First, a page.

(15.) Rolando M, Zierhut M. The ocular surface and tear film and their dysfunction in dry eye disease. Surv Ophthalmol. 2001;45(Suppl 2):203-210.
(16.) Tseng SC, Tsubota K. Important concepts for treating ocular surface and tear disorders. Am J Ophthalmol. 1997;124:825-835.
(17.) Akpek EK, Klimava A, Thorne JE, Martin D, Lekhanont K, Ostrovsky A. Evaluation of patients with dry eye for presence of underlying Sjogren syndrome. Cornea. 2009;28:493-497.
(18.) McCluskey P, Powell RJ. The eye in systemic inflammatory diseases. Lancet. 2004;364:2125-2133.
(19.) Viso E, Rodriguez-Ares MT, Gude F. Prevalence of and associated factors for dry eye in a Spanish adult population (the Salnes Eye Study). Ophthalmic Epidemiol. 2009;16:15-21.
(20.) Wang TJ, Wang IJ, Hu CC, Lin HC. Comorbidities of dry eye disease: a nationwide population-based study. Acta Ophthalmol. 2012;90:663-668.
(21.) Bozkurt B, Irkec M. Kuru gozun fizyopatolojisi. Turkiye Klinikleri J Ophthalmol Special Topics. 2013;6:1-7.
(22.) No authors listed. The definition and classification of dry eye disease: report of the Definition and Classification Subcommittee of the International Dry Eye Workshop. Ocul Surf. 2007;5:75-92.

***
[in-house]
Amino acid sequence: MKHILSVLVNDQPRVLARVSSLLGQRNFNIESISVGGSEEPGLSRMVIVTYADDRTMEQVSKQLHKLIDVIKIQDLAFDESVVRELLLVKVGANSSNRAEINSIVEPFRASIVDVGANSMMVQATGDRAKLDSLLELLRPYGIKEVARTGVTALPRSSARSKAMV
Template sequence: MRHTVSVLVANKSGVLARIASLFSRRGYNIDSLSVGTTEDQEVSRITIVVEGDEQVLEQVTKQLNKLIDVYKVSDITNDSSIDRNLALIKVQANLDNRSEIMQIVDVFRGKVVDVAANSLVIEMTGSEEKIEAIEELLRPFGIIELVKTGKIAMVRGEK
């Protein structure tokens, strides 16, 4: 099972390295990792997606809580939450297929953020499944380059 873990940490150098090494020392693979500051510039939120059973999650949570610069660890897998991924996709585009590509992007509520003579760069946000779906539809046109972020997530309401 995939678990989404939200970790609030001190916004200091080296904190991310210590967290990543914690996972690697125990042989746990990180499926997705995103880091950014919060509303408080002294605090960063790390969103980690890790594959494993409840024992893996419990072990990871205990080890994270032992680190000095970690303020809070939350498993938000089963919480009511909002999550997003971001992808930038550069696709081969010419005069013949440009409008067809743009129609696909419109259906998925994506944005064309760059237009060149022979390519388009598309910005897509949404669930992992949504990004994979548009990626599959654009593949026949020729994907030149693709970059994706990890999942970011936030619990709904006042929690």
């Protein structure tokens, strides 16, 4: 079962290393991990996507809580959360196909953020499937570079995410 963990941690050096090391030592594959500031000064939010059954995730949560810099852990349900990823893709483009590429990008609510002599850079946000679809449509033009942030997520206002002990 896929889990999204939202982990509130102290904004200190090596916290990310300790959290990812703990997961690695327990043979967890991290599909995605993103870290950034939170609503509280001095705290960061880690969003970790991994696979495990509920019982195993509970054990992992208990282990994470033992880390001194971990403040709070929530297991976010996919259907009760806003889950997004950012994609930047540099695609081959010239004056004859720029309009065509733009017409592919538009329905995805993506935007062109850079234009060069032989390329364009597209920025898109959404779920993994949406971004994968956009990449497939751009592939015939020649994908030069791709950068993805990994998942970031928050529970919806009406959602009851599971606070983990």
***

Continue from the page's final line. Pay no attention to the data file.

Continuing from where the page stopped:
(23.) Pflugfelder SC, Solomon A, Stern ME. The diagnosis and management of dry eye: a twenty-five-year review. Cornea. 2000;19:644-649.
(24.) Ciftci TU, Kokturk O, Bukan N, Bilgihan A. The relationship between serum cytokine levels with obesity and obstructive sleep apnea syndrome. Cytokine. 2004;28:87-91.
(25.) Stern ME, Gao J, Schwalb TA, Ngo M, Tieu DD, Chan CC, Reis BL, Whitcup SM, Thompson D, Smith JA. Conjunctival T-cell subpopulations in SjOgren's and non-Sjogren's patients with dry eye. Invest Ophthalmol Vis Sci. 2002;43:2609-2614.
(26.) Ozcura F, Aydin S, Helvaci MR. Ocular surface disease index for the diagnosis of dry eye syndrome. Ocul Immunol Inflamm. 2007;15:389-393.
(27.) Irkec M. Reliability and validity of Turkish translation of the Ocular Surface Disease Index (OSDI) in dry eye syndrome. Invest Ophthalmol Vis Sci. 2007;48:408-610.
(28.) McNab AA. The eye and sleep apnea. Sleep Med Rev. 2007;11:269-276.
(29.) Bilenchi R, Poggiali S, Pisani C, De Aloe G, Motolese PA, Motolese E, Rottoli P, Lombardi C, Rocchi R, Fimiani M. Floppy eyelid syndrome associated with obstructive sleep apnoea. Br J Dermatol. 2004;151:706.
(30.) McNab AA. Floppy eyelid syndrome and obstructive sleep apnea. Ophthal Plast Reconstr Surg. 1997;13:98-114.
(31.) Karger RA, White WA, Park WC, Rosales AG, McLaren JW, Olson EJ, Woog JJ. Prevalence of floppy eyelid syndrome in obstructive sleep apnea-hypopnea syndrome. Ophthalmology. 2006;113:1669-1674.
(32.) Hayirci E, Yagci A, Palamar M, Basoglu OK, Veral A. The effect of continuous positive airway pressure treatment for obstructive sleep apnea syndrome on the ocular surface. Cornea. 2012;31:604-608.
(33.) Stauffer JL, Fayter N, MacLurg BJ. Conjunctivitis from nasal CPAP apparatus. Chest. 1984;86:802.
Emine Esra Karaca, Sorgun State Hospital, Ophthalmology Clinic, Yozgat, Turkey